An American pilot has been formally buried at the Normandy American Cemetery (NOAC) with full military honours 78 years after his plane was shot down on D-Day.
The body of Lieutenant William J. McGowan, from Minnesota, had lain buried in a Normandy field since his death on June 6, 1944.
The 24-year-old’s P-47 Thunderbolt fighter/bomber was hit by anti-aircraft fire and crashed into a field near Moon-sur-Elle, close to Saint-Lô.
No body was found so he was formally declared missing.
Niece’s research found Lt. McGowan
When his niece talked to locals on a visit, she discovered that the plane had crashed in a different field where the body of an unknown pilot was known to lie buried.
His remains were dug up and he was given a burial in July.
Flew three missions that day
Scott Desjardins, superintendent of the NOAC in Colleville-sur-Mer, said Lt. McGowan had wanted to be a pilot as a boy.
“He enrolled at the state military academy when he was 14, and learnt to fly. When war broke out, he joined as a commissioned officer. He was 24 and married, based in the UK.
“He flew three missions that day: an early morning bombing campaign on the French coast; a second mission in support of the ground invasion; and then later, he flew back to France with orders to halt the movement of an armoured column on the eastern edge of the battle area.
“When he got there, the column had changed direction so, following orders for a secondary target, he attacked a railway station and was shot down.”
No body found at ‘official’ crash site
Witnesses reported the site of the crash and said the plane had smashed deep into the earth and the wreck burned all day.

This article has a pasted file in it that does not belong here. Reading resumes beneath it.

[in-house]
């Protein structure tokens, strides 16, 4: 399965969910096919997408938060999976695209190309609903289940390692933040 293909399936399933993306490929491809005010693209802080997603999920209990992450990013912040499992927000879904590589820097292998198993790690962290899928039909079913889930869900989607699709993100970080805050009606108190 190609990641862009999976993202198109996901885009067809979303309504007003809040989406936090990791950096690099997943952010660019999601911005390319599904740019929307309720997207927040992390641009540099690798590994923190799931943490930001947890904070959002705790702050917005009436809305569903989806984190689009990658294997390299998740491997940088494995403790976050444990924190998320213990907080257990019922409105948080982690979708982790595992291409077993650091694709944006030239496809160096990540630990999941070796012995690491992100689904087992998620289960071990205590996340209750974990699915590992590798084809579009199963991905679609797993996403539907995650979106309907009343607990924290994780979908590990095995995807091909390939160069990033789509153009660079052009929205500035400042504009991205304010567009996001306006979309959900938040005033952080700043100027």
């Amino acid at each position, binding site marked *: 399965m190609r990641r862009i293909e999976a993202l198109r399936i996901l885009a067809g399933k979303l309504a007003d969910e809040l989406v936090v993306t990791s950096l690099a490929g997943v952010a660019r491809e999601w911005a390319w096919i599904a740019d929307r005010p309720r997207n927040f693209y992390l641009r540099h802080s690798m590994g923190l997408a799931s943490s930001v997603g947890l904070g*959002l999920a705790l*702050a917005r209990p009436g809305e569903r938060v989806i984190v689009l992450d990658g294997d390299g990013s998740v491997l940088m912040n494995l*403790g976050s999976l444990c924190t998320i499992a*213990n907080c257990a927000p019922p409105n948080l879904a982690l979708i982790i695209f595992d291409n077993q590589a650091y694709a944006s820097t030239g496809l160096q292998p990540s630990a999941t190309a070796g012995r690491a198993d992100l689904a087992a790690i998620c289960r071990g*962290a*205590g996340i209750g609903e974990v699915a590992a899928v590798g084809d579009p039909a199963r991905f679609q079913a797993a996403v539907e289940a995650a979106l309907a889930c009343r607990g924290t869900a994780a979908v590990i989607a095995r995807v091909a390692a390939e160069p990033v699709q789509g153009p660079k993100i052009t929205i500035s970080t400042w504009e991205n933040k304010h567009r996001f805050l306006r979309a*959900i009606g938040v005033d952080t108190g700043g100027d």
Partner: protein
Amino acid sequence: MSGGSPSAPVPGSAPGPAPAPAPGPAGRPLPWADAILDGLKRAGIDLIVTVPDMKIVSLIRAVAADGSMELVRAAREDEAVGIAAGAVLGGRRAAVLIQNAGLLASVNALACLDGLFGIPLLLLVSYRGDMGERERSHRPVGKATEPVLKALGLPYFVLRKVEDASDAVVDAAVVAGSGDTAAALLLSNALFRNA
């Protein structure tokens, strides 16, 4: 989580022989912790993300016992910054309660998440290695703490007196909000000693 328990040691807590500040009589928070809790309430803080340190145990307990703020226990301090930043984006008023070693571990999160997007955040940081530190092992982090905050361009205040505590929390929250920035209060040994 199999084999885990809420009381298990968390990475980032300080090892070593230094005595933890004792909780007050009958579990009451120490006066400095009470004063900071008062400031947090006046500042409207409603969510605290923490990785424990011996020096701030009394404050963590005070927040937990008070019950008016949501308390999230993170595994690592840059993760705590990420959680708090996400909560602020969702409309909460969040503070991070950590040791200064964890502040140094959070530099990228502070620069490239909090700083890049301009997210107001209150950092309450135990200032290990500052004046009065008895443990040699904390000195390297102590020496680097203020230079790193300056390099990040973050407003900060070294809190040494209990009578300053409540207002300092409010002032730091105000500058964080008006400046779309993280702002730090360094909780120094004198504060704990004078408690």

However, since no remains were found, Lt. McGowan, a member of the 391st Fighter Squadron, 366th Fighter Group, 9th US Air Force, was classified as missing in action.
After the war, his niece came to France to visit the Meuse-Argonne American Cemetery where another relative is buried: Lt. McGowan’s soldier uncle, who died in World War One.
She visited the area where the plane was officially said to have crashed but found it was not accurate.
Memorial had been built on true resting place
Talking to local people, she established the exact site of the crash and found that a memorial had been built to honour the unknown pilot.
“She told the US authorities and her mother – William’s sister. We offered to recover and rebury the remains or repatriate them free of charge to the US but she declined.
“In her view, her brother was no longer missing. She knew where he was and was content to leave him in peace.”
When William’s sister died in 2018, however, the family became concerned about the future.
“The owner of the land had always cared for the crash site but who knew who might buy it?
“They requested a dig and the soldier’s remains and parts of his plane were disinterred.”
Organisations help find, identify and honour the fallen
Credible information about crashes is used to research events and, where there is enough evidence, a dig is organised.
Much of the work is identifying remains which were buried in war graves as unknown soldiers.
According to NOAC, there are 307 unknown soldiers in the cemetery, with 1,557 on the missing list. Lt. McGowan was number 20 on that list.
Many of the unknowns were lost at sea on June 6, 1944.
Any remains recovered are transferred to the Defense Accounting Agency in the US for forensic examination.
The NOAC is overseen by the American Battle Monuments Commission (ABMC), a government agency which creates and maintains memorial sites, offers commemorative services, and educates future generations of their legacy.
‘You are not forgotten’
Lt. McGowan’s nephew, speaking on behalf of the family, said they were unanimous in choosing a burial in France.
“He will be laid to rest alongside 9,386 brothers and sisters who also gave the ultimate sacrifice, while in uniform, in service to their country.
“Thank you to the ABMC for allowing one more amazing young man to join these other extraordinary men and women at this beautiful memorial. You are not forgotten.”